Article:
This course will provide students with an introduction to typography in the early modern period, focussing on English books but taking an international outlook. It combines perspectives from descriptive bibliography, type design, literary history, and the study of the material text. We will cover the technical aspects of typography, including how fonts were manufactured, distributed, and used, procedures for identifying and dating type, as well as the language used by typographers and bibliographers to describe it. Primary materials are integrated into each seminar, giving students an evidence-based foundation. These will not only include canonical examples of typographical firsts and the work of highly skilled printers, but also the messier output of illegal presses and books that demonstrate the experience of the average reader.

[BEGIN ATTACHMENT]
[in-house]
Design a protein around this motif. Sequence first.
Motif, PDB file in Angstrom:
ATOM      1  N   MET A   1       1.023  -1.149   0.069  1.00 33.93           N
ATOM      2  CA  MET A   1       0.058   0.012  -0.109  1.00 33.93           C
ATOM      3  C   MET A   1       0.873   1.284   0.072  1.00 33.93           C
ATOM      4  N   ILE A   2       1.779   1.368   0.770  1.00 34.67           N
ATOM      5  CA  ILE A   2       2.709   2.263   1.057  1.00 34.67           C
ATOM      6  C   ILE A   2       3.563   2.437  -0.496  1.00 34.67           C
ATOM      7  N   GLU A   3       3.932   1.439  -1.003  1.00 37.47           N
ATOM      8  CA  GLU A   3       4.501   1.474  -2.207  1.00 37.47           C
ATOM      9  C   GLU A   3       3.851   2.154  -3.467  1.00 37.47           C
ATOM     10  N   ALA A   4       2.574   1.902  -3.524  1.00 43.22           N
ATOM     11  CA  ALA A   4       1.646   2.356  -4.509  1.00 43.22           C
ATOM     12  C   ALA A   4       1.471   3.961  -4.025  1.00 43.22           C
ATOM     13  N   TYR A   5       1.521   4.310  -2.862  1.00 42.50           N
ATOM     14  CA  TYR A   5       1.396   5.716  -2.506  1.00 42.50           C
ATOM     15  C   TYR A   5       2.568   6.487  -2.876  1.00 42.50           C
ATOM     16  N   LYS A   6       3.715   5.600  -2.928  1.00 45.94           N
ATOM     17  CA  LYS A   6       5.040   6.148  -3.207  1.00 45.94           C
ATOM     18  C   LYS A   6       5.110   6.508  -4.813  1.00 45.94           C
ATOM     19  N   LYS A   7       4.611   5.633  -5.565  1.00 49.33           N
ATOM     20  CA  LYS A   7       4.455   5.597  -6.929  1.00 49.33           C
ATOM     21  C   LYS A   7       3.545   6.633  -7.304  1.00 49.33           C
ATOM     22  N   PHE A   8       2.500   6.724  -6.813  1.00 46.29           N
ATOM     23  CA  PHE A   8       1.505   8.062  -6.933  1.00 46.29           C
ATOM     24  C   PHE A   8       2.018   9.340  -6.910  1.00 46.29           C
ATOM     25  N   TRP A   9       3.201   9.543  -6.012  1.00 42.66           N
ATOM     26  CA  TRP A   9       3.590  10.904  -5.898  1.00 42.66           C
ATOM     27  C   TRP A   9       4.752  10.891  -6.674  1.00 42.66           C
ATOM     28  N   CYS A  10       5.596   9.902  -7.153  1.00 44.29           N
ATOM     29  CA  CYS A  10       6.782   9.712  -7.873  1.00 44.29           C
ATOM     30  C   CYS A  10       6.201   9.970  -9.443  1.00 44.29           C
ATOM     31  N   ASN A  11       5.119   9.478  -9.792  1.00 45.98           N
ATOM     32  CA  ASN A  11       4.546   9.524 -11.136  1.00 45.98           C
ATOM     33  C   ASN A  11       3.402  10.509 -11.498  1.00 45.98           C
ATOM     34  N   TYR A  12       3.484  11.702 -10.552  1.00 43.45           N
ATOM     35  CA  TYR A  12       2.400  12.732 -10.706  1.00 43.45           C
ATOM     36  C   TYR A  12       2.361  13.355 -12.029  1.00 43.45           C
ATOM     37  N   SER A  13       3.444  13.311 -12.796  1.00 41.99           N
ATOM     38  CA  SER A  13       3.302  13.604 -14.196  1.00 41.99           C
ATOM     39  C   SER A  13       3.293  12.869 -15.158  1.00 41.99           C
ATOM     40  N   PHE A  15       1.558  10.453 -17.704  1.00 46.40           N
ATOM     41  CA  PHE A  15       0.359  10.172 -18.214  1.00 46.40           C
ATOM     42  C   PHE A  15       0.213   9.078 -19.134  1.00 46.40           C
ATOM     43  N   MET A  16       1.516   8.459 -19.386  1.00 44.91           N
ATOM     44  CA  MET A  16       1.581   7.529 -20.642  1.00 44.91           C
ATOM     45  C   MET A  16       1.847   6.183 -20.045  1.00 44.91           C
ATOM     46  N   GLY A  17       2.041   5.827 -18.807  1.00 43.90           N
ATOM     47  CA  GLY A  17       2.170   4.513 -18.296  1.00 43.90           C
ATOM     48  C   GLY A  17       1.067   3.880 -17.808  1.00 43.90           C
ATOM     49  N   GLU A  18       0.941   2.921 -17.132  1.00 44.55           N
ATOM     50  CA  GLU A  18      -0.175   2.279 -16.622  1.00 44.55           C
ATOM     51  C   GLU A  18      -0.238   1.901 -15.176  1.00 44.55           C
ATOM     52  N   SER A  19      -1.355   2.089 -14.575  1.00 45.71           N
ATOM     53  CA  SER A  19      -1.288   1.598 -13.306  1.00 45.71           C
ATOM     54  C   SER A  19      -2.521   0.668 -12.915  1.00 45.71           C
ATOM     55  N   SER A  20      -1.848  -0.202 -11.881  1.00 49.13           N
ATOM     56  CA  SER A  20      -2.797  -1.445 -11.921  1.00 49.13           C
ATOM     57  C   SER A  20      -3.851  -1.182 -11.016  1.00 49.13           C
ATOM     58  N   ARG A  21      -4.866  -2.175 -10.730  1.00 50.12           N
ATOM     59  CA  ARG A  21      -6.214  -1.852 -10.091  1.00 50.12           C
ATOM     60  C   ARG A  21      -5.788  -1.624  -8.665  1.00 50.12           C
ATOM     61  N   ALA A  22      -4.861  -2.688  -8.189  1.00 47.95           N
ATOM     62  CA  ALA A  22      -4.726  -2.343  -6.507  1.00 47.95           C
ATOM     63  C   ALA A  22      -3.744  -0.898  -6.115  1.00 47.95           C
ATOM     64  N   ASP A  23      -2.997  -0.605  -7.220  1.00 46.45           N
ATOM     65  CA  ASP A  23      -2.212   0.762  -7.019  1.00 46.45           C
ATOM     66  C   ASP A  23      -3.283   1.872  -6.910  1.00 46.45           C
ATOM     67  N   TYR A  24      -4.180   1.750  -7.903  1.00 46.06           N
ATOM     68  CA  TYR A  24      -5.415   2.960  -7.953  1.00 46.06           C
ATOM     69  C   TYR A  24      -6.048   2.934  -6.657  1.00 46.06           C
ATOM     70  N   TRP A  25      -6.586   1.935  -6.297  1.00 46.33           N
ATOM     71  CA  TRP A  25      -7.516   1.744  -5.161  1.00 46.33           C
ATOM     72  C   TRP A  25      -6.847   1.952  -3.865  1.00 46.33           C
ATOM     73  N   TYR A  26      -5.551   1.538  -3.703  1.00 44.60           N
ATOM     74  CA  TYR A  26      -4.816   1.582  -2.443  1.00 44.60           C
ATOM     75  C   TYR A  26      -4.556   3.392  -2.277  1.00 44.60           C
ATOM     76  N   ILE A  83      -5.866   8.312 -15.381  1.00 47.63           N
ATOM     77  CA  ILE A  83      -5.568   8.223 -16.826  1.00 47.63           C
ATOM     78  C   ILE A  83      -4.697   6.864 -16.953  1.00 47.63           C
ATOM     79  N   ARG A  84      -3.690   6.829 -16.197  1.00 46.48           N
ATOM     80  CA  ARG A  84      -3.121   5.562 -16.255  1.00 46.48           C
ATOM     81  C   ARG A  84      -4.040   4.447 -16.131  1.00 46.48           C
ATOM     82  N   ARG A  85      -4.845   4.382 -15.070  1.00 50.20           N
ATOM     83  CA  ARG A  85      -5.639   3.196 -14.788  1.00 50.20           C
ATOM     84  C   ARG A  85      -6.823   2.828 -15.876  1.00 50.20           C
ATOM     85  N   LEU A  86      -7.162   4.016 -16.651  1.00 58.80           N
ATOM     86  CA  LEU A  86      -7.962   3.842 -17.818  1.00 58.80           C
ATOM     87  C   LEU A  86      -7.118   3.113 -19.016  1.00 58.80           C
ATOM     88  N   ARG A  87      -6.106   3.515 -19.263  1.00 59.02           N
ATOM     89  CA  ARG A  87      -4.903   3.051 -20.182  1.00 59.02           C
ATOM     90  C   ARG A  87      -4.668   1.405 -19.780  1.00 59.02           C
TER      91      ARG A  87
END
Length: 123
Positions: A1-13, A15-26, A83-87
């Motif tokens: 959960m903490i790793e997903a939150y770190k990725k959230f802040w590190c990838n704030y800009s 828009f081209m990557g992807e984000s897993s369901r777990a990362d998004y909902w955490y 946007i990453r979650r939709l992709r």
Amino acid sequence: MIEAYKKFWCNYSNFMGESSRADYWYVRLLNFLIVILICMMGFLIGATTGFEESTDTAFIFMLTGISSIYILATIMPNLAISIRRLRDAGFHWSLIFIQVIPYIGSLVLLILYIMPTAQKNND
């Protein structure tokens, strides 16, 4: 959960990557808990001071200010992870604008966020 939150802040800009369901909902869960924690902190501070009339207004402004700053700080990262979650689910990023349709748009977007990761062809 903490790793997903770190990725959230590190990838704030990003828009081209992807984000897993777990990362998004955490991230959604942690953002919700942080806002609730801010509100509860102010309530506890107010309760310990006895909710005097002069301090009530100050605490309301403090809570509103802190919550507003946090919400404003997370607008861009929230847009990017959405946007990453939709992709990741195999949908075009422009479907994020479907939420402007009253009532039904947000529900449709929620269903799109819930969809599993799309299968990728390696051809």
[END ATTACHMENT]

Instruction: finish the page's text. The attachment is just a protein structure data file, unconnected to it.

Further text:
We will not only be describing typography, but interpreting it too: how could typography augment the meaning of a text? Early modern printers made use of three families of typeface (blackletter, roman, and italic). In this system, typographic contrast resulted in typographic meaning, and the reading of a text was influenced by its appearance. Scholars have long been interested in ascertaining how early readers would have reacted to this contrast, arguing that certain typefaces were connected to variables such as language, class, religion, genre, and ‘lowbrow’ culture. This course will provide an overview of such interpretations, while also equipping the student to reach their own historically informed conclusions. By considering these variables alongside the texts themselves, we will learn that typography has the power to make the social context of a text’s production legible on the page.

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